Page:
At a time when copper
stockpiles are rising to the highest levels in a decade, manufacturers are paying the
biggest premiums for the metal in as much as seven years.
Two reports, one from the Wall
Street Journal and the other from Bloomberg, show financing deals are locking
up supply and extending lines at warehouses.
The reports say that while
inventories tracked by the London Metal Exchange more than doubled in the past
year and supplies exceed demand for the first time since 2009, getting copper
is becoming more expensive and taking longer. Buyers in Shanghai pay $135 a
metric ton more than LME futures, up from $55 last year, Metal Bulletin data
show. Luvata Malaysia Bhd., a circuit-board parts maker, stopped buying from
local LME stockpiles after waiting times rose to three months from three days
at the start of 2012.
That means manufacturers may
not be reaping all the benefits of the 28 percent slump in prices since they
reached a record two years ago. A
big reason is because financing accords are curbing access to metal. As much as
30 percent of LME-tracked reserves are tied up in the agreements, Societe Generale
SA estimates. About 84 percent of stockpiles are now concentrated in three
locations, lengthening lines just as supply from mines is constrained by
disruptions including a port strike in Chile and landslides in Utah and
“Premiums are up, and they’re
up substantially,” said Rodney Kent, chief executive officer of Camden, New
York-based International Wire Group Holdings, Inc., which had sales of $734
million last year. “You used to be able to clear an order and get an off-take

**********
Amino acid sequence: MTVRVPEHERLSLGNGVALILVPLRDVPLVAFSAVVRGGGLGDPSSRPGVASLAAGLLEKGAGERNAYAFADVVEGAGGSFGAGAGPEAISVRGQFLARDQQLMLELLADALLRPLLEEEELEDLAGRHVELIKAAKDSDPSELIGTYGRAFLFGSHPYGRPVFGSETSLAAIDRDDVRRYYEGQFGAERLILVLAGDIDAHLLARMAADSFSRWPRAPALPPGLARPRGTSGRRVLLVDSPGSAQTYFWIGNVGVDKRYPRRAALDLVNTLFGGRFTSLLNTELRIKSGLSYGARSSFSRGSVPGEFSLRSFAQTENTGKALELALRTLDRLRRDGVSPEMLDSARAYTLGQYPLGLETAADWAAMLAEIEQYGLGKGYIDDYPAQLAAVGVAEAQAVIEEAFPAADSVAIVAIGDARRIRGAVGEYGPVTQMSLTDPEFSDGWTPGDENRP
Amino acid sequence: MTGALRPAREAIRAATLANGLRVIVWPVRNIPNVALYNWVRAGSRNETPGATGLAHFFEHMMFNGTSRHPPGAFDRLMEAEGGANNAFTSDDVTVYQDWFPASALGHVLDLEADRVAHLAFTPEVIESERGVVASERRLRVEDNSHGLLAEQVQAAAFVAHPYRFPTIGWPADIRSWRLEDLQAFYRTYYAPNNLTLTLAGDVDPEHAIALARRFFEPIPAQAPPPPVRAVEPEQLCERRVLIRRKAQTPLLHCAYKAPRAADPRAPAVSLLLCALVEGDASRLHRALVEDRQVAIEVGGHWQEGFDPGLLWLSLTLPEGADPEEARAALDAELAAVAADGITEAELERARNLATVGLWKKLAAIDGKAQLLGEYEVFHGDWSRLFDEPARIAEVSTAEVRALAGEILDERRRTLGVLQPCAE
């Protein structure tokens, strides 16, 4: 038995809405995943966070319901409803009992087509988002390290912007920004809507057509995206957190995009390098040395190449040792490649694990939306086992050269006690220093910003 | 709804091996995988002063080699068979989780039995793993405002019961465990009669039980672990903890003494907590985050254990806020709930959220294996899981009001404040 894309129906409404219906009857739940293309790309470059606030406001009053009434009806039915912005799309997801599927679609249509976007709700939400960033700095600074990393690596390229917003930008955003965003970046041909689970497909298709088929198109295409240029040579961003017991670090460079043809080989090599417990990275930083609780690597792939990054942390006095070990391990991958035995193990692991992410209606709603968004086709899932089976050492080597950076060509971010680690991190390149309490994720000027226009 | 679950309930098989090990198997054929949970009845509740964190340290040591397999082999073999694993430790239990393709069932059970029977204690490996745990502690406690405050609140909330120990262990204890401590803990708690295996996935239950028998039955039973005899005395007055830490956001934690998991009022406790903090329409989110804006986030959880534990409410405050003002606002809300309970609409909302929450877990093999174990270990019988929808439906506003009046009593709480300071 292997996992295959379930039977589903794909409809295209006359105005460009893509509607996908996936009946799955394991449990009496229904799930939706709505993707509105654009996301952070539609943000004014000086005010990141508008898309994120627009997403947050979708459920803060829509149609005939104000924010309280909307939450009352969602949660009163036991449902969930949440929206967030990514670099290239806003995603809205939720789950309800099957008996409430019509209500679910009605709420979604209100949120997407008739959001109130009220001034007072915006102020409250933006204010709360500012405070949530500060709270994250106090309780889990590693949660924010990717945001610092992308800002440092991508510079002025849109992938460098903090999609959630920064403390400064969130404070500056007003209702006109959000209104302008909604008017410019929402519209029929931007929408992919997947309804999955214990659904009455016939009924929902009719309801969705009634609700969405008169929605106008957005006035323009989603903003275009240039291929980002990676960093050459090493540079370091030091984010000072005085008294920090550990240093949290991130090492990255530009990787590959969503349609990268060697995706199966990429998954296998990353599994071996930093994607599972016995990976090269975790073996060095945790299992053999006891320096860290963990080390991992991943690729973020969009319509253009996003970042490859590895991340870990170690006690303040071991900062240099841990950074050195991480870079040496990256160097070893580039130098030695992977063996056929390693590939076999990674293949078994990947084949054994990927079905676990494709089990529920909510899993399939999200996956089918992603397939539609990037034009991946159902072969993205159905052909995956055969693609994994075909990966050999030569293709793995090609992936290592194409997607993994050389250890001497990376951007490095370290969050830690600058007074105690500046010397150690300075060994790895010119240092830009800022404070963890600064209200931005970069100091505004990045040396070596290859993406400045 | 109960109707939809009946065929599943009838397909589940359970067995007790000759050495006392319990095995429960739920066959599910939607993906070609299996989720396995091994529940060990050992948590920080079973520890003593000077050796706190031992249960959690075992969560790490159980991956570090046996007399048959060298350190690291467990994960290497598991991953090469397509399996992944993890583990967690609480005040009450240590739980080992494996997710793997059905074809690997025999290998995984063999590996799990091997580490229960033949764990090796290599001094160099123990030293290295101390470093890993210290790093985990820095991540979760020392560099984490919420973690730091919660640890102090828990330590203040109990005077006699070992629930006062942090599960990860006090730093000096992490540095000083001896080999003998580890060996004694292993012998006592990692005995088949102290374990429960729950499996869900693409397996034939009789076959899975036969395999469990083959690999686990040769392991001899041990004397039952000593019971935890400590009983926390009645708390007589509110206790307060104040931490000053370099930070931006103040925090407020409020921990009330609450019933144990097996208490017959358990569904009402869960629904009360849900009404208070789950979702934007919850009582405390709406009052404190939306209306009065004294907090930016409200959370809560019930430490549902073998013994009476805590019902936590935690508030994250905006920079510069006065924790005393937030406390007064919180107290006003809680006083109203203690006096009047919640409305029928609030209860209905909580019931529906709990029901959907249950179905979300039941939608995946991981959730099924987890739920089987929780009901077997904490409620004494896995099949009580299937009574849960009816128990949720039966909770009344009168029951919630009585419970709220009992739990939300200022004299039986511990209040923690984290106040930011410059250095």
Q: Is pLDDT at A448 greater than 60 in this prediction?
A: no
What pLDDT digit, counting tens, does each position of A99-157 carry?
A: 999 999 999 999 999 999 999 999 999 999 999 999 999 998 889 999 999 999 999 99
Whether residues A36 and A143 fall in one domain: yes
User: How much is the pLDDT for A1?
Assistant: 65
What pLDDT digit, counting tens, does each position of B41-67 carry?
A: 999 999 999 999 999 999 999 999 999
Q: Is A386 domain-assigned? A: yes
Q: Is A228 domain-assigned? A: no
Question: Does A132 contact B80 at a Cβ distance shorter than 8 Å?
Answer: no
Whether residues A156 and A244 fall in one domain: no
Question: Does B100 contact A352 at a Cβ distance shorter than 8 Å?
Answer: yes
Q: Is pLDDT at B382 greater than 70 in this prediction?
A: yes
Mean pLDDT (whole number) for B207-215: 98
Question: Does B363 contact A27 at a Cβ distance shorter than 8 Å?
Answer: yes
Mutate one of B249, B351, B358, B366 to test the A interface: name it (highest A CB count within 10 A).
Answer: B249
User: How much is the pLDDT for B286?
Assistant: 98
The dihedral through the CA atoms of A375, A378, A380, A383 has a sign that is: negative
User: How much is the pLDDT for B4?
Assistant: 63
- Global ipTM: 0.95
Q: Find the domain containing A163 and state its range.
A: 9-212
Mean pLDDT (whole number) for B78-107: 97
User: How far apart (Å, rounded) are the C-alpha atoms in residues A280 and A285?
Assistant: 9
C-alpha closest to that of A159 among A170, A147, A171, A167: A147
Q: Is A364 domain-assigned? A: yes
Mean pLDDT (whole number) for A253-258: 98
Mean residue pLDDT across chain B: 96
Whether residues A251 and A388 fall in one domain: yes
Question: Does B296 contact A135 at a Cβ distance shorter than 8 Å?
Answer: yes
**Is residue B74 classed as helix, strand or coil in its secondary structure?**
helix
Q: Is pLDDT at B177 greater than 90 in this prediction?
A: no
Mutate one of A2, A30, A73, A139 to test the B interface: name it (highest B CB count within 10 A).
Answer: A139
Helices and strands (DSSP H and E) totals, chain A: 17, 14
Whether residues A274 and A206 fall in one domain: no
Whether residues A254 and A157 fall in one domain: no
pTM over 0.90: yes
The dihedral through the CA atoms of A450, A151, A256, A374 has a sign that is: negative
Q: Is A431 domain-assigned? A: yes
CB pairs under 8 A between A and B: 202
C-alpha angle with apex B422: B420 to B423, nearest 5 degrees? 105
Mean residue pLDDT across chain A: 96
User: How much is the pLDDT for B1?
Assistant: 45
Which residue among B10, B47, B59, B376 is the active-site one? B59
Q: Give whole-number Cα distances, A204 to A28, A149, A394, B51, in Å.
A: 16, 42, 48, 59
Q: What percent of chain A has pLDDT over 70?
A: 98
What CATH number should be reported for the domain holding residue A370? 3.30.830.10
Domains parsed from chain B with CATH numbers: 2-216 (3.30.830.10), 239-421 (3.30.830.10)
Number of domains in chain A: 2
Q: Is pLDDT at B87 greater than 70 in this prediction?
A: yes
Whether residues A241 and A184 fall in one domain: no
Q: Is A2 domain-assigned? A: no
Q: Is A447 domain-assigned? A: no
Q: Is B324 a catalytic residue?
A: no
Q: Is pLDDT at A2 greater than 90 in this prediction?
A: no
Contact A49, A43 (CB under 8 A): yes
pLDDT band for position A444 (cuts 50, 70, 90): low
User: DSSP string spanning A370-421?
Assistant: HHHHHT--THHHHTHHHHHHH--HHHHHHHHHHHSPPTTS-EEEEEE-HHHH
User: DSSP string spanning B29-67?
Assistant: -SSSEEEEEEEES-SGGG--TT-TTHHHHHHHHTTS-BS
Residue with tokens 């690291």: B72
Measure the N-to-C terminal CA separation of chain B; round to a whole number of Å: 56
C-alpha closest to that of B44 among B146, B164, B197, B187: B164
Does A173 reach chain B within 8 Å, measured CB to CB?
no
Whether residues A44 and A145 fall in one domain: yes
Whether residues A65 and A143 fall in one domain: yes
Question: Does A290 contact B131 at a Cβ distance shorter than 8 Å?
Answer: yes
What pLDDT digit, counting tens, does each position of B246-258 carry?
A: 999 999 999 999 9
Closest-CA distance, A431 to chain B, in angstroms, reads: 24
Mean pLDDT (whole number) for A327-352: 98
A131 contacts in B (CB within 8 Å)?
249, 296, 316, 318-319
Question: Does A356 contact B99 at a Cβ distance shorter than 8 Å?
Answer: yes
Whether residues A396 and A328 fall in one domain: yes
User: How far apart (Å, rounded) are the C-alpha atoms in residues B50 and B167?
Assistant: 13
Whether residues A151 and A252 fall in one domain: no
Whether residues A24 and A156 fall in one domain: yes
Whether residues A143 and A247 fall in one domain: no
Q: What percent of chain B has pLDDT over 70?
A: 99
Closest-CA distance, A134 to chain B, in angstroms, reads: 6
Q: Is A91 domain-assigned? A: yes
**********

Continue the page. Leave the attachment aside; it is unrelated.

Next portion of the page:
in a matter of days, and now it can be a matter of months.”
Copper for delivery in three
months, the LME’s benchmark, fell 7.7 percent to $7,317 a ton this year,
entering a bear market in April. Goldman Sachs Group Inc. expects a decline to
$7,000 in 12 months. The Standard & Poor’s GSCI gauge of 24 commodities
dropped 3.7 percent since the start of January as the MSCI All-Country World
Index of equities rose 9.6 percent. A Bank of America Corp. index shows
Treasuries lost 1 percent.
Global output will rise 4.3
percent to 21.1 million tons this year as demand expands 2.2 percent to 20.9
million tons, Standard Bank Group Ltd. estimates. Supply fell short of
consumption in each of the previous three years, according to data from the
Lisbon-based International Copper Study Group.
Glencore Xstrata Plc, Goldman
Sachs, JPMorgan Chase & Co. and Trafigura Beheer BV bought storage
companies in 2010, with the acquisitions meaning that they now control more
than half of the 700-plus sheds in the LME’s network. Stockpiles tracked by the
bourse rose 91 percent to 611,125 tons this year, of which 514,100 tons were
held in New Orleans, the Belgian port of Antwerp and Johor, Malaysia.
The three locations stored
about 25 percent of LME inventory a year ago. Combined stockpiles excluding New
Orleans, Johor and Antwerp are at the lowest since August 2007, compounding the
supply crunch for consumers.
Financing typically involves
the purchase of metal for nearby delivery and a forward sale to take advantage
of a market in contango, where prices rise into the future. The transactions
are being helped by record-low borrowing costs after central banks cut interest
rates to boost economic growth. Three-month copper is about $30 more expensive
than metal for immediate delivery, compared with an average discount of $5.44
Orders to withdraw metal from
warehouses rose more than fourfold this year, prolonging waiting times.
Assuming that all copper in New Orleans is held by one storage company, it
would take at least five months to get metal out, from about two weeks a year
ago, according to Macquire Group Ltd.
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